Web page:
The Birthplace’s Edison Talking Doll and her Excellent Adventure
Edison had invented the phonograph in 1877 and he set about imagining the uses for his new machine. Beyond just recording sound, he speculated that it might animate toys. His idea took the form of a large doll (22” tall). She would talk and quote a nursery rhyme or a prayer played by a miniature phonograph. His vision included a doll with a ceramic head, a metal body, and articulated limbs made from painted wood. The phonograph was mounted inside her metal torso. Turning a crank inserted into her back rotated the cylinder for play and shifting an adjacent lever returned the needle of the phonograph to the start position. In 1887 Edison licensed WW Jacques and Lowell C. Brigs of Boston to make and sell the dolls as the Edison Toy Phonograph Company. They were introduced to the public in 1890. The dolls were way too heavy with the phonographs inside. Recitations that were recorded by young women on the cylinders, but played back through the small phonograph, distorted the voices and they became the stuff of nightmares for children. The dolls sold poorly and proved a costly mistake for Edison. Despite the angelic look on the doll’s face, Edison referred to the dolls as his “little monsters.” Of the 2500 sold to stores, only about 500 dolls were bought before manufacture was ended. Unsold dolls were put in a vault at Edison’s labs in W. Orange, NJ.
Edison’s younger daughter, Madeleine Edison Sloane, with her mother Mina Miller Edison, established the Edison Birthplace Museum in 1947. Among the many things that Madeleine first loaned and then bequeathed to the Birthplace, was one of the Edison Talking Dolls. Madeleine took the doll out of the vault in 1957. According to records from the Edison National Historic Park, the doll was briefly exhibited at the NJ State Museum and at the Historic Park before Madeleine took her to Milan. The tag on the doll says, “Thomasina”. It was speculated that the doll had belonged to Madeleine, who was born in 1888, but a letter from Madeleine to the Curator of the Birthplace told the story differently. “Though I suppose I was pretty young to have such a doll when they were being manufactured, you might have thought I would have been presented with one later – but I never owned one..."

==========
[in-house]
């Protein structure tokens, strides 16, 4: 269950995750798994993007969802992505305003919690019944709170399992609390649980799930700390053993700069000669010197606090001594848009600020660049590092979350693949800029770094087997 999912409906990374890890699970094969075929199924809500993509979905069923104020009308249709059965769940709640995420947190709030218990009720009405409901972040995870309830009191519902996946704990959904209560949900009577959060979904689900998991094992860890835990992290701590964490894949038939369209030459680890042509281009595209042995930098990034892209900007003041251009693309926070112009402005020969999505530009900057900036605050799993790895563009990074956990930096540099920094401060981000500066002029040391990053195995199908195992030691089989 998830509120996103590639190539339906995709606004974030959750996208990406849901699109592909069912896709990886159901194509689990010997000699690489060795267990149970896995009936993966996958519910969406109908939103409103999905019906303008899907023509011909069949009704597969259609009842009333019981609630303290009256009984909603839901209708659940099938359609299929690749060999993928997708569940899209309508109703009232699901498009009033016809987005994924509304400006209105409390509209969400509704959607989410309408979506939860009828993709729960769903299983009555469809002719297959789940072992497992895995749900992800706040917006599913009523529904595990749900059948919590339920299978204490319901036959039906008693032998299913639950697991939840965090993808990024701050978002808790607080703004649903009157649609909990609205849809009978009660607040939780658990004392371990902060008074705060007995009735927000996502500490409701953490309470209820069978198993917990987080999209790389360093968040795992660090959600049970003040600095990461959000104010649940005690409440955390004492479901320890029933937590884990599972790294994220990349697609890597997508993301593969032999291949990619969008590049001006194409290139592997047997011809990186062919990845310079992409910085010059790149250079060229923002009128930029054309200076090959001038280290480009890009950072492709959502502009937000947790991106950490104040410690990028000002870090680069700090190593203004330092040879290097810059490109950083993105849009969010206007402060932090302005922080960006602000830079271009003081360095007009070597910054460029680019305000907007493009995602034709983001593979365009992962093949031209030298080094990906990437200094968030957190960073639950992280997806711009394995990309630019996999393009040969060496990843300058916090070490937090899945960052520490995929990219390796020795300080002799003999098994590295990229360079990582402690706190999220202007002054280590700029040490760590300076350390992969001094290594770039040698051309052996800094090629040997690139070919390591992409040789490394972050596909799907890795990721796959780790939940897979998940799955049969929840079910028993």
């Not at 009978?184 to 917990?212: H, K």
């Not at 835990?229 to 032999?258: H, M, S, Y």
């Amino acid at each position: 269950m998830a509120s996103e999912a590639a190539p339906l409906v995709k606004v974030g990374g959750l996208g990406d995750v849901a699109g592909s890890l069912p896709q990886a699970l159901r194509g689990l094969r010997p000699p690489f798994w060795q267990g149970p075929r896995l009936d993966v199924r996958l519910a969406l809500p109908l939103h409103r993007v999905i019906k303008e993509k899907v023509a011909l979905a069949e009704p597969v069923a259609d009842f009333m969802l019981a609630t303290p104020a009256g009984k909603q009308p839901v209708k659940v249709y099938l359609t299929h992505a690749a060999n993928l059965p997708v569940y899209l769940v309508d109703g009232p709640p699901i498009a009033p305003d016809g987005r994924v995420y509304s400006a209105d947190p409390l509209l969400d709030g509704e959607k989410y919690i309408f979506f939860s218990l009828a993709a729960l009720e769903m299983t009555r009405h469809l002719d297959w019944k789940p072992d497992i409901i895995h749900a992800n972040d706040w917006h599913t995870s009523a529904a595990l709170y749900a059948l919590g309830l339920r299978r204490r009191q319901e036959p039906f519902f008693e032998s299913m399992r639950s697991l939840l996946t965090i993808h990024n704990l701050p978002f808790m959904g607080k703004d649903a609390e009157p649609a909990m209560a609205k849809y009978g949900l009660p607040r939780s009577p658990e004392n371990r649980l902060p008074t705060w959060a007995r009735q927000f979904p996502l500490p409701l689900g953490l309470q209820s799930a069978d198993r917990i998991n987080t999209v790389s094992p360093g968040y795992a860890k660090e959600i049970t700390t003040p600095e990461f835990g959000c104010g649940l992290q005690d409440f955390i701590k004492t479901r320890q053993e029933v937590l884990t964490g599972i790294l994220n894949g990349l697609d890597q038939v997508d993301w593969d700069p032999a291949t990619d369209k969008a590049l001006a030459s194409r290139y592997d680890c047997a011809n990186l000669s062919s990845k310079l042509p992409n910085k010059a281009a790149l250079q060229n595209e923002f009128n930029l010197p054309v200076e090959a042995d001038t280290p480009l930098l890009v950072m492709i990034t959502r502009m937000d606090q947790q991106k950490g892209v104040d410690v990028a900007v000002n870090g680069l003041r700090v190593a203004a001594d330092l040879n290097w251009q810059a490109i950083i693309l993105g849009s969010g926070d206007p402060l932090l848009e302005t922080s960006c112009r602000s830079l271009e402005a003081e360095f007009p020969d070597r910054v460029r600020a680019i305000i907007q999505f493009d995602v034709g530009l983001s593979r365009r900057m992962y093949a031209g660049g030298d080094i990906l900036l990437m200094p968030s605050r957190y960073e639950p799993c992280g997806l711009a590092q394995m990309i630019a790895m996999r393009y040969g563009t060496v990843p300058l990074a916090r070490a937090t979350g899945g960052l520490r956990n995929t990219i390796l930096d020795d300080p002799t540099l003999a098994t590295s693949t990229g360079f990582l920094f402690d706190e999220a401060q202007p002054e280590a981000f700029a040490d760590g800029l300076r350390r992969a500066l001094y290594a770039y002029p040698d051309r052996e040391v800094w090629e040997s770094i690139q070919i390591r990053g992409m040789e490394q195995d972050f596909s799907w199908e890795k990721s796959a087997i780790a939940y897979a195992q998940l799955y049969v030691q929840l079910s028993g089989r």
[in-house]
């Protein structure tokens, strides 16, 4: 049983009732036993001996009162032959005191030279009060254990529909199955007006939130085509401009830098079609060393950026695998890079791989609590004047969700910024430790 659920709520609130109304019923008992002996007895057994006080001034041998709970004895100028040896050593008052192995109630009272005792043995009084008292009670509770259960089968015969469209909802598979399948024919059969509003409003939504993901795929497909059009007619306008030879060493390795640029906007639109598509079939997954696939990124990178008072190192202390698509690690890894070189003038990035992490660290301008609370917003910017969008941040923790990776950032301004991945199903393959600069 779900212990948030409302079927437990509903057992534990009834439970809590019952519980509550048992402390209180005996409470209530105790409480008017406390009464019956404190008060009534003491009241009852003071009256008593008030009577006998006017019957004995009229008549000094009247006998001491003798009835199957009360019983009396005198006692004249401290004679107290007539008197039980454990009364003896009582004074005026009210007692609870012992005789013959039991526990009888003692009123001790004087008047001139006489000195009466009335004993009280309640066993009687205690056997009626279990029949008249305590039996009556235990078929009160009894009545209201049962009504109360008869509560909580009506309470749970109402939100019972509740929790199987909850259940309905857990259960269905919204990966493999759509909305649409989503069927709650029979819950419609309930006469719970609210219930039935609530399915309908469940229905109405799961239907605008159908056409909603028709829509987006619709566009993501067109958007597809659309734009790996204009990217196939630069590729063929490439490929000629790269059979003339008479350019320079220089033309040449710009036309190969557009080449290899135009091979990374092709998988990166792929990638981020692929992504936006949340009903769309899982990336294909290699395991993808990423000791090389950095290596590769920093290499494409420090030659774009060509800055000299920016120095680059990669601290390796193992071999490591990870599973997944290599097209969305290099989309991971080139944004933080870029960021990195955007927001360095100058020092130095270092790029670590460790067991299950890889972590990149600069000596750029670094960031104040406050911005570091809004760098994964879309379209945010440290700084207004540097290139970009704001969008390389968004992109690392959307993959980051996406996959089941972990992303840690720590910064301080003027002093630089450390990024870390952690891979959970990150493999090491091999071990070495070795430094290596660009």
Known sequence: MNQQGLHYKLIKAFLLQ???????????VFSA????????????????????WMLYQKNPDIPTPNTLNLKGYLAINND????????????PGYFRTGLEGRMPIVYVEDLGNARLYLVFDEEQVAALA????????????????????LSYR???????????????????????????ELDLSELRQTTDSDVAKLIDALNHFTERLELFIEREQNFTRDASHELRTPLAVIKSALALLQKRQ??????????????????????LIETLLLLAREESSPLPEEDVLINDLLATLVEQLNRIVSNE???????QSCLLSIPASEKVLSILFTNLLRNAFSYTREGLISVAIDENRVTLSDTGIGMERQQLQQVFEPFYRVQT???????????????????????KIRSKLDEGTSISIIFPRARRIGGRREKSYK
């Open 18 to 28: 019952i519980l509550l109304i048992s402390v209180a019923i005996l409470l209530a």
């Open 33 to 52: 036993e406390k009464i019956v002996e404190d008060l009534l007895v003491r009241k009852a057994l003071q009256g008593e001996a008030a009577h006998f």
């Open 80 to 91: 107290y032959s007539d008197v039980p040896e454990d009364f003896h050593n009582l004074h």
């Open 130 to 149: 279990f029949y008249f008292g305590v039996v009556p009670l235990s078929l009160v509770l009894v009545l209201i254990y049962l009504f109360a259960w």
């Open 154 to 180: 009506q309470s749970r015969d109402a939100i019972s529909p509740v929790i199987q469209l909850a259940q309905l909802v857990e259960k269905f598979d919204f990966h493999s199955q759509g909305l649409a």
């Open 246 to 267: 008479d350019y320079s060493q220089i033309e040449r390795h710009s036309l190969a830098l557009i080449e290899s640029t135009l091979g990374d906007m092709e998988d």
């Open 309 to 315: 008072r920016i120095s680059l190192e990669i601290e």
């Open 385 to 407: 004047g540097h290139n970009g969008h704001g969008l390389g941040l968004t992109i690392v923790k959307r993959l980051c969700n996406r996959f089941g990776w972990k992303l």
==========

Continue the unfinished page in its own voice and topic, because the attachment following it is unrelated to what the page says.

Thomasina’s miniature phonograph has been removed and the fragile, narrow cylinder is separated from the phonograph. Thomasina herself had been dressed originally and has adorable cotton undergarments (half-slip, drawers, chemise), black cotton stockings with Mary Jane style brown leather shoes. Her dress is a combination of silk foulard sleeves and wool crepe skirt and bodice. Bodice and skirt are decorated with silk moiré ribbons and her sash is also silk moire. Time and the environment were hard on the delicate silk and dust had infiltrated her wool crepe skirt. The paint on the wood of her limbs became flaky and loose, her legs became disengaged from her torso and her sweet face became dirty. Her mohair locks were dusty. Was there a solution to her deterioration? Was there someone who could bring her back to her former beauty?
Stay tuned friends and all will be revealed next month.